Strikes called by opposition parties brought Karachi and other cities to a standstill Monday as gunmen killed a top court official in continued violence over the suspension of Pakistan’s top judge.
Shops and schools were closed and most public transport remained off the streets in Karachi, a southern commercial hub where nearly 40 people were killed at the weekend in clashes between rival political supporters.
The violence erupted in the port city on Saturday after pro-government parties blocked a public rally by Chief Justice Iftikhar Muhammad Chaudhry following his suspension on March 9 by President Pervez Musharraf.
“Karachi is completely shut down and at least three-quarters of all businesses have closed across the rest of the country,” a senior government official monitoring the strike told AFP on condition of anonymity.
Authorities in Karachi, Pakistan’s biggest metropolis with a population of more than 12 million people, said in a statement they had declared a public holiday to mourn the recent deaths.
Sporadic unrest spilled into a third day in several parts of the city as angry protesters fired in the air, burnt tyres and blocked roads overnight, witnesses said.
Police said they found the bullet-riddled body of a man in a bloodstained sack Monday but there were no other reports of casualties.
Police fired tear gas shells after supporters of former premier Benazir Bhutto, chanting anti-Musharraf slogans, pelted security forces with stones and fired in the air, police said.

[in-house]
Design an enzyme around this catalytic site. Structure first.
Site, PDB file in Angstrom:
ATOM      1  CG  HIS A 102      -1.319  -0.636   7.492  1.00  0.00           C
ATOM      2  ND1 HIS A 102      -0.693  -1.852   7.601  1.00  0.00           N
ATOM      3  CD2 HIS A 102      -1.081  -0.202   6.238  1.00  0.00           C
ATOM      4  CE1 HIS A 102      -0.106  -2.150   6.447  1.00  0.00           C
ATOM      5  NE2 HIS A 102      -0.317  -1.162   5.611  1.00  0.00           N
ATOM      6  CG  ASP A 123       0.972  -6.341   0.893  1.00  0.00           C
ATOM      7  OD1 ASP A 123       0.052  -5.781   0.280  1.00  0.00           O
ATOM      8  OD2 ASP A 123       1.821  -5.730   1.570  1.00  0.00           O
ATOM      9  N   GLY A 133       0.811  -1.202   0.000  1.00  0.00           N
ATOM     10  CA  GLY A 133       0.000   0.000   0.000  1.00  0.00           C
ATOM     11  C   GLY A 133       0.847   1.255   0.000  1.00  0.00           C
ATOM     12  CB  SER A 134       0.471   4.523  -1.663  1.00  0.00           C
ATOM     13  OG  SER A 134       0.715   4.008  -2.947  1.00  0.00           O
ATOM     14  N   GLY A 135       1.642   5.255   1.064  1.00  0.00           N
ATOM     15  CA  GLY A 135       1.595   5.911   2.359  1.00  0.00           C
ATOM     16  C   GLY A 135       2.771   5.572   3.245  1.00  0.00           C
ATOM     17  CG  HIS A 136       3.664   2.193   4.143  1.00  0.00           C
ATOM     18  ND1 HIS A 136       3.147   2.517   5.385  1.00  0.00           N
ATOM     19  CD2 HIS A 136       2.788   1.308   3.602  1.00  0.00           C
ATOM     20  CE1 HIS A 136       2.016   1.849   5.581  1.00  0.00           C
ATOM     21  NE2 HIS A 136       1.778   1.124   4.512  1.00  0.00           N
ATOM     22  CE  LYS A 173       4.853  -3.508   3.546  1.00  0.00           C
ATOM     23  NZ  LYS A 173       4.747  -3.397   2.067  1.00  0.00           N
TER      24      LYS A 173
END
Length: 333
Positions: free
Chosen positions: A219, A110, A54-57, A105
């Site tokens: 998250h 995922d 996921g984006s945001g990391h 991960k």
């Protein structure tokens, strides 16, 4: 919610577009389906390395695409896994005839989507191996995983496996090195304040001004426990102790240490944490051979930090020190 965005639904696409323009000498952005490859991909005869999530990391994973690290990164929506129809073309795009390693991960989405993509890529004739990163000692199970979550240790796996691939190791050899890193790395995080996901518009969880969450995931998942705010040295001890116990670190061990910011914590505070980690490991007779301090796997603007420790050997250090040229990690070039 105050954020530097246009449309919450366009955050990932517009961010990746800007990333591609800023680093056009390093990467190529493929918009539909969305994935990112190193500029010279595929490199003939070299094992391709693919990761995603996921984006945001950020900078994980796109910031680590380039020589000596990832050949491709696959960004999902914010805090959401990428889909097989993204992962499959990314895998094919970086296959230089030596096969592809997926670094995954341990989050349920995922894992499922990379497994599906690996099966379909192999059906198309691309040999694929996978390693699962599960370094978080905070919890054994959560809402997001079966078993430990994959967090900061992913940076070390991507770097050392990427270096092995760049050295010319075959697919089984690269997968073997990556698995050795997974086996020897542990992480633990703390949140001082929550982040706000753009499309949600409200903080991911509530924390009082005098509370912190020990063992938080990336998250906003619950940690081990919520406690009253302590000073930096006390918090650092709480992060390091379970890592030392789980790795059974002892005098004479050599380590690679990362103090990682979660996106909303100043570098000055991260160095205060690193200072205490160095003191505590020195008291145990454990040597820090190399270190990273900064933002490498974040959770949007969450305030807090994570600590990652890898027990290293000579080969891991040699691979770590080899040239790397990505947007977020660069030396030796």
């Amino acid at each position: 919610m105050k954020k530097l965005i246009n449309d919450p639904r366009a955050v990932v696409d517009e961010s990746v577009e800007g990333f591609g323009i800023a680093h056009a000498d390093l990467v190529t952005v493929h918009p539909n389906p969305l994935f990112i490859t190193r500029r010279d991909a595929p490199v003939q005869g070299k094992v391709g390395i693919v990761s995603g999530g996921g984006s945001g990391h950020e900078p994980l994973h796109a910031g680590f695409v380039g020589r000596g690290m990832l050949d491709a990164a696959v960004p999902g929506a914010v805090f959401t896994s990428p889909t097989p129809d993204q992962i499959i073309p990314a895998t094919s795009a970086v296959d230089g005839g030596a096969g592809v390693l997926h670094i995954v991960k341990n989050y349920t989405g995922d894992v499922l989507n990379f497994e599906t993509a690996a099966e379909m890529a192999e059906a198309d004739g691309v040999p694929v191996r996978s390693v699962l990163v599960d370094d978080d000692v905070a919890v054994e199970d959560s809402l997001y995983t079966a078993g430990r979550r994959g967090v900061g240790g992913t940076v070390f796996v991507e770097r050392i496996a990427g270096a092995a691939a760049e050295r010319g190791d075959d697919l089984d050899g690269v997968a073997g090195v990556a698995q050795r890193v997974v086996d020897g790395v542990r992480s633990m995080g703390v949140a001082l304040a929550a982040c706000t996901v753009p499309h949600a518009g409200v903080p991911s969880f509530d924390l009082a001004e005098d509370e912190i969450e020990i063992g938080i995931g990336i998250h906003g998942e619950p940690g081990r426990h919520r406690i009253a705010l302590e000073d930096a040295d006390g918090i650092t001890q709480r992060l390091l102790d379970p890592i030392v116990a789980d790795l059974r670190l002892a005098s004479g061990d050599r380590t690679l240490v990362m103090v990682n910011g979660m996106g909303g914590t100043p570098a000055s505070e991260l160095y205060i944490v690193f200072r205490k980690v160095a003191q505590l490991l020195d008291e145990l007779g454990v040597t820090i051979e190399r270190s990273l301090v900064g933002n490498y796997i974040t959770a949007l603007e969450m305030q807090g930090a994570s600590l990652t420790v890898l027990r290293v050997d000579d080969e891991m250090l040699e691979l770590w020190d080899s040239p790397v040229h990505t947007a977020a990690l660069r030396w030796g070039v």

“Protesters resorted to aerial firing and in return we have fired tear gas to disperse the mob,” police official Fareed Jan told AFP.
No one was injured, he said adding that the “situation is under control.”
Troops were ordered to shoot rioters on sight in Karachi. Authorities also banned gatherings of more than five people in the city to prevent further trouble.
Sindh province interior secretary Brigadier Ghulam Muhammad Muhtaram said authorities intended to expel some opposition leaders from the city, although names have not been finalised.
Most of the eastern city of Lahore was also shut down by the strike while lawyers boycotted courts, witnesses said.
Around 2,500 protesters in Lahore hanged and burned effigies of Musharraf and of Altaf Hussain, the exiled leader of the pro-Musharraf Muttahida Qaumi Movement which was involved in the Karachi clashes.
The strike also paralysed North West Frontier Province bordering
Afghanistan and 2,000 demonstrators rallied in the provincial capital Peshawar, witnesses and officials said.
In Islamabad, gunmen broke into the house of Syed Hamad Raza, the deputy registrar of Pakistan’s Supreme Court, and shot him dead early Monday in what his family said was a killing linked to his role at the court.
His brother Khalid Ali Shah dismissed initial police reports he was killed by robbers. “It was a targeted killing, it was not a robbery… We need justice,” he said.
Chaudhry visited the dead man’s relatives on Monday.
Security officials said Chaudhry had brought Raza to Islamabad with him from the southwestern city of Quetta after he was appointed to lead the Supreme Court in 2005.
Meanwhile a Supreme Court hearing into misconduct charges against Chaudhry was postponed shortly after it began when one judge stepped down, suggesting there could be a risk of bias due to “seniority issues.”
Officials said the hearing would resume on Tuesday without Justice Falak Sher.
Opponents say Musharraf dismissed the chief justice to ensure a pliant judiciary in case of legal challenges against his intention to seek another five-year term as president-in-uniform before November 16 from the outgoing parliament, which is stacked with his supporters.